- The Washington Times - Friday, February 2, 2001

Hyde's team

Rep. Henry J. Hyde, the new chairman of the House International Relations Committee, yesterday announced his new vice chairman and introduced his team to lead the panel's six subcommittees, including a new subcommittee on Europe and one combining the Middle East and South Asia.

The Illinois Republican asked Rep. Benjamin A. Gilman, the former chairman, to head the subcommittee on the Middle East and South Asia.

Mr. Gilman, New York Republican, stepped down after serving the maximum six years as a committee chairman under rules adopted after the Republicans took control of the House in 1994. Mr. Hyde encountered the same term limit and had to give up his chairmanship of the Judiciary Committee.

Mr. Hyde asked Rep. Christopher H. Smith to serve as vice chairman of the full committee. The New Jersey Republican also chairs the House Commission on Security and Cooperation in Europe.

Rep. Elton Gallegly of California, the former chairman of the Western Hemisphere subcommittee, will chair the new panel on Europe. Rep. Ileana Ros-Lehtinen of Florida will lead the subcommittee on international operations and human rights. She is the former chairman of the subcommittee on international economic policy and trade.

"Because of the importance of trade and export policy formerly under the jurisdiction of the economic and trade subcommittee, the issues will now be handled by the full committee and the subcommittee abolished," Mr. Hyde said.

Rep. Jim Leach, Iowa Republican, will chair the subcommittee on East Asia and the Pacific. Rep. Cass Ballenger, North Carolina Republican, was named chairman of the Western Hemisphere subcommittee, and Rep. Ed Royce, California Republican, will chair the panel on Africa.

Mr. Hyde also outlined some of his immediate goals for the committee. He wants to deal quickly with a State Department budget reauthorization, review proposed reforms to the Export Administration Act to deal with the sale of technology that could have military uses and to consider U.S. participation in the proposed International Criminal Court.

New from Peru

Peru's new ambassador to the United States is a man with impressive diplomatic credentials, dating to 1943 when he first joined the Ministry of Foreign Affairs.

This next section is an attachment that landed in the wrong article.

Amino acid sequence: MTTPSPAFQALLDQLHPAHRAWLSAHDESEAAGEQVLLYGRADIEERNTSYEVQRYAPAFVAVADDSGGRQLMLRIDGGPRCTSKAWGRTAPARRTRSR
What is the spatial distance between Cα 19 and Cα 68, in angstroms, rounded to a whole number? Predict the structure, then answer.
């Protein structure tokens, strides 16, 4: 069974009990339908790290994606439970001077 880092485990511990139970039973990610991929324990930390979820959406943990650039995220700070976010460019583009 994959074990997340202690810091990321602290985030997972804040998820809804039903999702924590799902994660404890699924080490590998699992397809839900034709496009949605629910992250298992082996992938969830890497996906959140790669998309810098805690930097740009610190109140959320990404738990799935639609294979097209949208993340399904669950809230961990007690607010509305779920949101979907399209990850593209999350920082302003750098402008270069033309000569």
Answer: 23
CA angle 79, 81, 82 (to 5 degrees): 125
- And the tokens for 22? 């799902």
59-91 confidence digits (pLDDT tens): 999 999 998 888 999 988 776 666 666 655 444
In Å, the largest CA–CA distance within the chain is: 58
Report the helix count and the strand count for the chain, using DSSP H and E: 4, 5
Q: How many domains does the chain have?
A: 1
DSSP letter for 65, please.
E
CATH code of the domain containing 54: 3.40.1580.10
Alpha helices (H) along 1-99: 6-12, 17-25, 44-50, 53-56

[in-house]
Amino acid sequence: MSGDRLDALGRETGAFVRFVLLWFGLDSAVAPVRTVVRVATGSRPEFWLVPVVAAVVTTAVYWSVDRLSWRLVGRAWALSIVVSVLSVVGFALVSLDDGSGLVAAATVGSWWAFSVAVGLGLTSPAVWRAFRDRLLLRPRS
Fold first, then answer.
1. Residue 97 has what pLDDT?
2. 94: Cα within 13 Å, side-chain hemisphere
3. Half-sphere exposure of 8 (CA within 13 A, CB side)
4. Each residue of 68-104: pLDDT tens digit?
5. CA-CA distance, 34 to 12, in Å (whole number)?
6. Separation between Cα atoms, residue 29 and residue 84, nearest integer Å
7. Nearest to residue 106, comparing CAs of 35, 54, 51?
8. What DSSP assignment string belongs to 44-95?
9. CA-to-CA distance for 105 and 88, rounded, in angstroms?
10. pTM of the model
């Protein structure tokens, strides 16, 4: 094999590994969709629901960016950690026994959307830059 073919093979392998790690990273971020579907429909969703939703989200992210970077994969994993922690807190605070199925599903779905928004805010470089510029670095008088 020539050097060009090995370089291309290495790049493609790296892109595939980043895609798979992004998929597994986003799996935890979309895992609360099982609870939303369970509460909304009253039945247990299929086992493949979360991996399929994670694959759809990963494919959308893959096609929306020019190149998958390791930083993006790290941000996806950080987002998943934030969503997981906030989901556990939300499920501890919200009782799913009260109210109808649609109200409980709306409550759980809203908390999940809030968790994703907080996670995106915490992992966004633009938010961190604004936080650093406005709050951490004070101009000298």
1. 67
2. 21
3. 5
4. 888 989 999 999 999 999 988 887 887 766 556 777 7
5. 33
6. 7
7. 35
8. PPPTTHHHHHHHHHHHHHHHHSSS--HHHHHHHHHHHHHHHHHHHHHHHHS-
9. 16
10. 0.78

Carlos Alzamora, who took up his position in Washington yesterday, served twice at his country's ambassador to the United Nations from 1975 to 1979 and from 1985 to 1990.

In 1991, he was named undersecretary of the United Nations and executive secretary of the U.N. Commission on Compensation, which dealt with compensation claims by countries, corporations and citizens of 100 countries that suffered losses because of Iraq's invasion of Kuwait.

Peru rejoins court

Peru has recommitted itself to the jurisdiction of the Inter-American Court of Human Rights.

The country withdrew from the court in 1999 because of several disputed human rights cases under former President Alberto Fujimori.

Manuel Rodriguez Cuadros, Peru's ambassador to the Organization of American States, presented his government's documents that authorized the restoration of the court's jurisdictions in Peruvian human rights cases.

"This gives back to 26 million Peruvian men and women the legal protection needed to invoke their rights and to seek recourse before the Inter-American Court of Human Rights, whenever their individual freedoms and fundamental rights are violated," Mr. Rodriguez said.

He noted that the government's decision to rejoin the court "reflects the consensus inside Peru surrounding compliance with the decisions of the inter-American human rights system as the cornerstone of its integrity and legitimacy."

OAS Secretary General Cesar Gaviria praised Peru for the "solemn and sovereign" decision to accept the jurisdiction of the Costa Rica-based OAS tribunal.

He praised Peruvian President Valentin Paniagua and Foreign Minister Javier Perez de Cuellar, saying they "run a clean and democratic government that respects the rights of everyone and is clearly committed to honoring the country's international obligations."

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